I am proud to support the Government’s efforts to reform our immigration system to retain its compassionate approach but combining it with increased fairness, firmness and efficiency.
During the Nationality and Borders Act's passage through Parliament, I am aware that an Amendment was tabled by Lord Dubs which related to safe routes for those seeking to claim asylum in the UK, including unaccompanied children, to travel from countries in Europe to join family in the UK. While well intentioned, these measures would have actually proved detrimental to the interests of vulnerable children and encouraged young people to make dangerous journeys. I therefore welcome that it was not included in the final legislation.
For example, regarding the best interests of vulnerable children, the Amendment failed to consider the individual needs of children which would raise significant issues. It created entitlements to come to the UK to claim asylum if the individual had the specified UK relatives but did not consider whether this would be in the unaccompanied child’s best interests. Neither did it consider whether the UK-based relative could actually take care of the child, nor did it involve any consideration of whether the child would be better placed with a relative, potentially an even closer relative, in another European state.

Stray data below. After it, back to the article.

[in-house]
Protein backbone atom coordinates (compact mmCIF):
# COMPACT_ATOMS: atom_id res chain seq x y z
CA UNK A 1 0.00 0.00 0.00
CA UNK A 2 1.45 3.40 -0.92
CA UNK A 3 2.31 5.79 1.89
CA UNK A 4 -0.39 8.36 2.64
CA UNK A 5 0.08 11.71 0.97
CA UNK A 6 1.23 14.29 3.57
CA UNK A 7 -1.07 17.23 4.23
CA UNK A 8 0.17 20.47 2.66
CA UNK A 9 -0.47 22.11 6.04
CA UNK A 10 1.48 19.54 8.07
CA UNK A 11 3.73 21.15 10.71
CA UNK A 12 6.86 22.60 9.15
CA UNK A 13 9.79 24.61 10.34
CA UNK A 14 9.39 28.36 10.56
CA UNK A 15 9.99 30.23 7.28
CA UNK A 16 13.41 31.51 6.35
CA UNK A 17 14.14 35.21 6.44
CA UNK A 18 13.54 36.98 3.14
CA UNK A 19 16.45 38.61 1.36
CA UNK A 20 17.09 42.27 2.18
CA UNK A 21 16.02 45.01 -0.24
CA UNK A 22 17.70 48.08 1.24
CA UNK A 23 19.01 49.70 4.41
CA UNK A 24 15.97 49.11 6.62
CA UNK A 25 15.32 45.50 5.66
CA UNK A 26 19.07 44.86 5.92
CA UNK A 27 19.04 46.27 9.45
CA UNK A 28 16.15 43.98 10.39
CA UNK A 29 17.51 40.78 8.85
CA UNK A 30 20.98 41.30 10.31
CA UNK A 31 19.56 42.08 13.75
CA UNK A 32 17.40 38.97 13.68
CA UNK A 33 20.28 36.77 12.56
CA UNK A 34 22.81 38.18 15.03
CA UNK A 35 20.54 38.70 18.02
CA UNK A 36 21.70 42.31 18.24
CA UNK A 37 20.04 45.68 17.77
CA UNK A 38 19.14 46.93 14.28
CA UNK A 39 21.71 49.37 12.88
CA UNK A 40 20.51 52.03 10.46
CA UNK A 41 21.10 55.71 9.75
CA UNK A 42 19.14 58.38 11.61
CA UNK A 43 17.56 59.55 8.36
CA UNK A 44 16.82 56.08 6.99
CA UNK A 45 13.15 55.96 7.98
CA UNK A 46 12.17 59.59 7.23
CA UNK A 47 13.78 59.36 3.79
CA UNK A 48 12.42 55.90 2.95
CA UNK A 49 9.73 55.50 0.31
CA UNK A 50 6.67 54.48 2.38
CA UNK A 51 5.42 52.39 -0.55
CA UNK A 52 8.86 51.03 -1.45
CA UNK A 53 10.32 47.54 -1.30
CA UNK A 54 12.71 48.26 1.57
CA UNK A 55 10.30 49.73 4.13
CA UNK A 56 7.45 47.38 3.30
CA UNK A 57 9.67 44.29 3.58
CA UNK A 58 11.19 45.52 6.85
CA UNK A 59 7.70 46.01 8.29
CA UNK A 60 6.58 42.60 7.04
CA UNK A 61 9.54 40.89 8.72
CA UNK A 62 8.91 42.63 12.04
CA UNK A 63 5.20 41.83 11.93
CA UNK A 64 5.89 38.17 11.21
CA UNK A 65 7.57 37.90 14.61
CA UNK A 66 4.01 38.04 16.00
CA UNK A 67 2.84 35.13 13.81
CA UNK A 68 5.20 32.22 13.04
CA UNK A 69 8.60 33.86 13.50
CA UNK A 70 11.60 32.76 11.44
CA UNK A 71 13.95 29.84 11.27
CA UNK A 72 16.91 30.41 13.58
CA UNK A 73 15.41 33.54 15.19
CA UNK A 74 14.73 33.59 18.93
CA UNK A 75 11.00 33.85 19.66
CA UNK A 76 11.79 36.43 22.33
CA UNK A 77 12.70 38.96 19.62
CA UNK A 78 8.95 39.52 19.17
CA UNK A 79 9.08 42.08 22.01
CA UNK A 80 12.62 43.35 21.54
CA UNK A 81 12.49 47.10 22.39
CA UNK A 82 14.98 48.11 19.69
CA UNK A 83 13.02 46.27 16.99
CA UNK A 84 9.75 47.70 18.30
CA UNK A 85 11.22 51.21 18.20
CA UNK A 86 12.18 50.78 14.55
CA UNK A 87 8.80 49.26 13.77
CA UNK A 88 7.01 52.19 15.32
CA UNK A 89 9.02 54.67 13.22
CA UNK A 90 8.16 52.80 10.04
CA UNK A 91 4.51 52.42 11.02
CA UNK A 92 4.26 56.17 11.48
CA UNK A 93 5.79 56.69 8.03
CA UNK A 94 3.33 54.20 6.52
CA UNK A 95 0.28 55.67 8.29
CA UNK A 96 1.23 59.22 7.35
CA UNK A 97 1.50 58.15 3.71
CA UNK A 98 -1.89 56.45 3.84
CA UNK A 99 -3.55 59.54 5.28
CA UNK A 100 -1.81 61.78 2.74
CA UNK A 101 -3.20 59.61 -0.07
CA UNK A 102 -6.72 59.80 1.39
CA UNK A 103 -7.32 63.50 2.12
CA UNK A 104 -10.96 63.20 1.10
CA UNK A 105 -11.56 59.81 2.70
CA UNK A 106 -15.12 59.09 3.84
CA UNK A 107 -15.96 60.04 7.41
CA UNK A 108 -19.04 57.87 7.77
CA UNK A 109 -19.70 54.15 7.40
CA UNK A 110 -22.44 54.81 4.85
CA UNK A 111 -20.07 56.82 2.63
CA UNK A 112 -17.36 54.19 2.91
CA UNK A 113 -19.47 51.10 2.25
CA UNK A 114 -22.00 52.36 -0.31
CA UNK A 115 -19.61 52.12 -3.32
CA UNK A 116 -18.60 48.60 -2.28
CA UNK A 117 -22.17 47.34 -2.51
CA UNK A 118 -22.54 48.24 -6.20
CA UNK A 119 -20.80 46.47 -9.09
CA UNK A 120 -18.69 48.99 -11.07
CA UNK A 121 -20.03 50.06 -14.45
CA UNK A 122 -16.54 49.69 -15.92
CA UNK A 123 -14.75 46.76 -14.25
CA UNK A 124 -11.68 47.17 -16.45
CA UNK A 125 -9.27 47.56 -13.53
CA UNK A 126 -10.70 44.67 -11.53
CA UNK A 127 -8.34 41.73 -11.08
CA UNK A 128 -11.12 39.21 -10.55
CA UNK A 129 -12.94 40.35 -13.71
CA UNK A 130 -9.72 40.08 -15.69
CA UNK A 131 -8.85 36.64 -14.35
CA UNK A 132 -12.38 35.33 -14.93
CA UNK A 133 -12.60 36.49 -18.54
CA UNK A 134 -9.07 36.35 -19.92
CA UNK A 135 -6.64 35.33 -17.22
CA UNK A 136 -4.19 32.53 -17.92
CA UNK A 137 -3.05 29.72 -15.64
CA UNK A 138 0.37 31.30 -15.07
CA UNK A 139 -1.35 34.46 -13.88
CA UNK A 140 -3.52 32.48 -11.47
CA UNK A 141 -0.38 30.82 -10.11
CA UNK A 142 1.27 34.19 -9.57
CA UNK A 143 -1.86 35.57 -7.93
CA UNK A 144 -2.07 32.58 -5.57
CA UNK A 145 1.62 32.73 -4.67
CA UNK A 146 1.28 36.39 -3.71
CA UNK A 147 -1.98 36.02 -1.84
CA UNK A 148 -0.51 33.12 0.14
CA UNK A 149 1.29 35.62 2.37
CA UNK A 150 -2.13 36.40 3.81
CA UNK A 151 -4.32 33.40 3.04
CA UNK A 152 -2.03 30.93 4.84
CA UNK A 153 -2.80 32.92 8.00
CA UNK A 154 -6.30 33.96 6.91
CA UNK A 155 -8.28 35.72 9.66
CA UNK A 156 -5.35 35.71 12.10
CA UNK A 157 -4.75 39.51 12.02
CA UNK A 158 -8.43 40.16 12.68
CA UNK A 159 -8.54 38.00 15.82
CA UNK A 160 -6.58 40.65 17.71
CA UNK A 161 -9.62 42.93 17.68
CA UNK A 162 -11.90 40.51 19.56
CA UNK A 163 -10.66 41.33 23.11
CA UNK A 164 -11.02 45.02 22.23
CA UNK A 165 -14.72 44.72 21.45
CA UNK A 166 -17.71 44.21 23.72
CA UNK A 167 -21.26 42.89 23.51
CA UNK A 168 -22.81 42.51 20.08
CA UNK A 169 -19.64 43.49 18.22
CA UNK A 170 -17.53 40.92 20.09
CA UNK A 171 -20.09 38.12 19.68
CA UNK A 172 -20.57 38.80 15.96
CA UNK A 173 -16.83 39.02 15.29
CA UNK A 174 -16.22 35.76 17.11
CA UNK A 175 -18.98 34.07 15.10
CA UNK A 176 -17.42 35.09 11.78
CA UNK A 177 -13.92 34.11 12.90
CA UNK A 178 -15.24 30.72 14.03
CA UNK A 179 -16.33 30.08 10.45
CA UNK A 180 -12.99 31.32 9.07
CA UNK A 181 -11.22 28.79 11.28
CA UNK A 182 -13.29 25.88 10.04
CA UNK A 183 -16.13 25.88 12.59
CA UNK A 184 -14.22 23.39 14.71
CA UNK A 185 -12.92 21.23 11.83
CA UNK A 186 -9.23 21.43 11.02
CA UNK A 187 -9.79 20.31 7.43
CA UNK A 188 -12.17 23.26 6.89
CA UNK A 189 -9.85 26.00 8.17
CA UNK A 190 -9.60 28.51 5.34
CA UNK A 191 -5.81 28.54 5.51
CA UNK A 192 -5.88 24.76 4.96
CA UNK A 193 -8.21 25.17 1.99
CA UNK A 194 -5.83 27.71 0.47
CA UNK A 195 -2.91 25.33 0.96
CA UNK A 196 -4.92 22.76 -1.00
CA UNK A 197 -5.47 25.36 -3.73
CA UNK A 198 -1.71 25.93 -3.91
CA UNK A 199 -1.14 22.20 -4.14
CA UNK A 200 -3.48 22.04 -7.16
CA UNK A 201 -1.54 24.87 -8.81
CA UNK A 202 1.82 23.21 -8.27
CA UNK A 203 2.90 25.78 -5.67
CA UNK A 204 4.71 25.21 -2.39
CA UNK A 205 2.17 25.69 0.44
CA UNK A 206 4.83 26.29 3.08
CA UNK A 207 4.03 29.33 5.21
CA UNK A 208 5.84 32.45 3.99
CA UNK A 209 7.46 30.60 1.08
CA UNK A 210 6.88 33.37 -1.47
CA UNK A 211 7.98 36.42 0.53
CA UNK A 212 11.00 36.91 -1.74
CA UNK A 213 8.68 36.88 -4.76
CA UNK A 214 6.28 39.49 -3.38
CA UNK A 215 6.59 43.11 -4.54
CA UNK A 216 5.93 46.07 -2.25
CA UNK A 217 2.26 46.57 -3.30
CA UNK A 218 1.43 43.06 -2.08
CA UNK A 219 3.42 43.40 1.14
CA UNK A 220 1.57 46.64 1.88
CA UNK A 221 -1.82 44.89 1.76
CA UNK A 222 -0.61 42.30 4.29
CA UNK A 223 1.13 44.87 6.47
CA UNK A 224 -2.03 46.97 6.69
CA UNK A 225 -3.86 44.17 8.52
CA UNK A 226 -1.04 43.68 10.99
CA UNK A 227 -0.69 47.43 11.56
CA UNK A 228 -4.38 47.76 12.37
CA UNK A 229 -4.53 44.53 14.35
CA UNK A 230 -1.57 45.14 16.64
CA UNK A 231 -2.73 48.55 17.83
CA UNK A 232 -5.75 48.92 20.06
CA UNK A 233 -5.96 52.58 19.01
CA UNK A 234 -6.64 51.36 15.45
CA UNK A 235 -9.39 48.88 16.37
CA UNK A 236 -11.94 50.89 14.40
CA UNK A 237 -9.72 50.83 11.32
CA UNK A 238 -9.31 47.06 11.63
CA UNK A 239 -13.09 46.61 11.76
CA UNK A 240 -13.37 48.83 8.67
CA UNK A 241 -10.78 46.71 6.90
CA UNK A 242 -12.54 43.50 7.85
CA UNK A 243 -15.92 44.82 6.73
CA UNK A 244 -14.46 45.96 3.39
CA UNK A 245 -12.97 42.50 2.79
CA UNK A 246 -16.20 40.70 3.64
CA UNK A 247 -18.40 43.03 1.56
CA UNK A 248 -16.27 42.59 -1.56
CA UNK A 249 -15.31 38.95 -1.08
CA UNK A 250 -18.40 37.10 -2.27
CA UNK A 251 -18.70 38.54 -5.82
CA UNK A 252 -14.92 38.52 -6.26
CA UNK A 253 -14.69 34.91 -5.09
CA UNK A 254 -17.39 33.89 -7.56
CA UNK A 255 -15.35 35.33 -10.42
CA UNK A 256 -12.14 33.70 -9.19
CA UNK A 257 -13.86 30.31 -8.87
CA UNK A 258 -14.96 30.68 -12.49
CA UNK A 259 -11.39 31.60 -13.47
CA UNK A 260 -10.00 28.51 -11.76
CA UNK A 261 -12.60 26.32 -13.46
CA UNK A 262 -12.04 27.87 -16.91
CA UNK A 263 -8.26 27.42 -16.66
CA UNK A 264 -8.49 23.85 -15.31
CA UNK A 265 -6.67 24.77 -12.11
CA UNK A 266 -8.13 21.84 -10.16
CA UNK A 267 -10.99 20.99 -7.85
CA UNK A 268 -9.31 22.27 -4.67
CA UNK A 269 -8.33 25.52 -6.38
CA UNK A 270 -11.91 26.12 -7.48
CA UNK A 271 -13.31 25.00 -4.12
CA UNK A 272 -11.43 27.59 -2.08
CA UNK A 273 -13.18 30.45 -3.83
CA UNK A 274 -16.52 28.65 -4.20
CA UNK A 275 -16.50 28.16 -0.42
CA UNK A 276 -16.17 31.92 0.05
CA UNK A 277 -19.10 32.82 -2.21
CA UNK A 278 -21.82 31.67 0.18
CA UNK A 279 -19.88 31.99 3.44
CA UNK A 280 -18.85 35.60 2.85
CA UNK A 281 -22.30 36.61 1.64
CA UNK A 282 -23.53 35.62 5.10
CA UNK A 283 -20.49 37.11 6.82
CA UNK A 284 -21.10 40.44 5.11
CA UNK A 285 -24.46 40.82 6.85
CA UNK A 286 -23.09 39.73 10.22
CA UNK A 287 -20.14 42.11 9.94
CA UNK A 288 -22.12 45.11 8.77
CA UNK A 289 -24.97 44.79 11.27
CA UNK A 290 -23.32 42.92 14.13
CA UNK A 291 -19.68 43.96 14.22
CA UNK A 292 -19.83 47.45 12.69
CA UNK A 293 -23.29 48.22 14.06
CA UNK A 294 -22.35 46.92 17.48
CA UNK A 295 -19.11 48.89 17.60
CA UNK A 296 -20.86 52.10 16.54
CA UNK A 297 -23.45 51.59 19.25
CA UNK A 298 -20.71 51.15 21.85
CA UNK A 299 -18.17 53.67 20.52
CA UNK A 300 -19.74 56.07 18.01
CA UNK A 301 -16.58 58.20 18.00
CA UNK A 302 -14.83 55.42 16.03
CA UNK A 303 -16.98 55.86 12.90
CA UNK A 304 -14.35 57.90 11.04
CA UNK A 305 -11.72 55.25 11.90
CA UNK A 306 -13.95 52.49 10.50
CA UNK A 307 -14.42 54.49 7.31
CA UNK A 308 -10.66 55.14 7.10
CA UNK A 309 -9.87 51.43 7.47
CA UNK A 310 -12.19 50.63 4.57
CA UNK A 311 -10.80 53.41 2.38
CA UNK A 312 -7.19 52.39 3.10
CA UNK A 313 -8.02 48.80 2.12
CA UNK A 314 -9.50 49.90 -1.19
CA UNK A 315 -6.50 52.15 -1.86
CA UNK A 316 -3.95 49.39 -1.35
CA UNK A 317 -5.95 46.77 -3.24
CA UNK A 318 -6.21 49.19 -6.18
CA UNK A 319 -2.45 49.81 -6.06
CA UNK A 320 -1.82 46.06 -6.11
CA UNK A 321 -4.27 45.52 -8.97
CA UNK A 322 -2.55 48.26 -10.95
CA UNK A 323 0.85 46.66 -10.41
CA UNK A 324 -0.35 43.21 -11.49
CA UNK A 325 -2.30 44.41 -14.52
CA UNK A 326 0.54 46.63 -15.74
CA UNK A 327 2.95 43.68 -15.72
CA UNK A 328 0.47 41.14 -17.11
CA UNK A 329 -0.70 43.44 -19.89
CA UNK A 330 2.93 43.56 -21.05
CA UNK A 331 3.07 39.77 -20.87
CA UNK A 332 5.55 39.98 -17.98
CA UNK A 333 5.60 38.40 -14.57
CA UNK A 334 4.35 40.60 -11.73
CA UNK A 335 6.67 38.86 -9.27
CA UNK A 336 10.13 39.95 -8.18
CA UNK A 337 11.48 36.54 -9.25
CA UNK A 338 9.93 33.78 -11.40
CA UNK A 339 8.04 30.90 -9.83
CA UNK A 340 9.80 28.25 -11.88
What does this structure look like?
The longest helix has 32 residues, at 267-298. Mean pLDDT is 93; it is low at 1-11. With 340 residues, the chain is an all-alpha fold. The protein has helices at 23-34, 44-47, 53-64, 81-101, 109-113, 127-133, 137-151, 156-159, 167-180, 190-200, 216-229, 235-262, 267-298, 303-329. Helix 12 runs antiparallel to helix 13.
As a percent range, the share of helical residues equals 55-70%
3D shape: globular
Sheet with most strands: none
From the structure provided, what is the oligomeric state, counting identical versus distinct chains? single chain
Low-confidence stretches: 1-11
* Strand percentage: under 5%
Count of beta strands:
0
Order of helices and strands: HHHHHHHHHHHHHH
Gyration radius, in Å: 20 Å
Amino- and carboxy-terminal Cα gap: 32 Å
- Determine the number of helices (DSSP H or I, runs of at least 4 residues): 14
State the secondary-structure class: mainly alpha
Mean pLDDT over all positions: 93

Furthermore, I cannot ignore the fact that this new Amendment would have encouraged asylum seekers, including vulnerable unaccompanied children, to make dangerous journeys to Europe (facilitated by smugglers and traffickers) to benefit from its provisions. By the same token, it would have discouraged asylum seekers, when in Europe who wish to travel to the UK, to interact with the care and support mechanisms or the asylum systems of those safe European countries which should provide them with the safety and protection they are entitled to under the same international legal obligations that the UK abides by.
It is vital to keep in mind that European member states are safe countries with international obligations towards protecting asylum seekers and children, as we have here in the UK, affording all asylum seekers in Europe an opportunity to access the rights to which they are entitled. It is also the case that children, including unaccompanied children, can already apply under existing immigration routes relating to family reunion from any part of the world.
I hope with this response I have been able to outline why I felt unable to support Lord Dubs’ Amendment to the Nationality and Borders Act.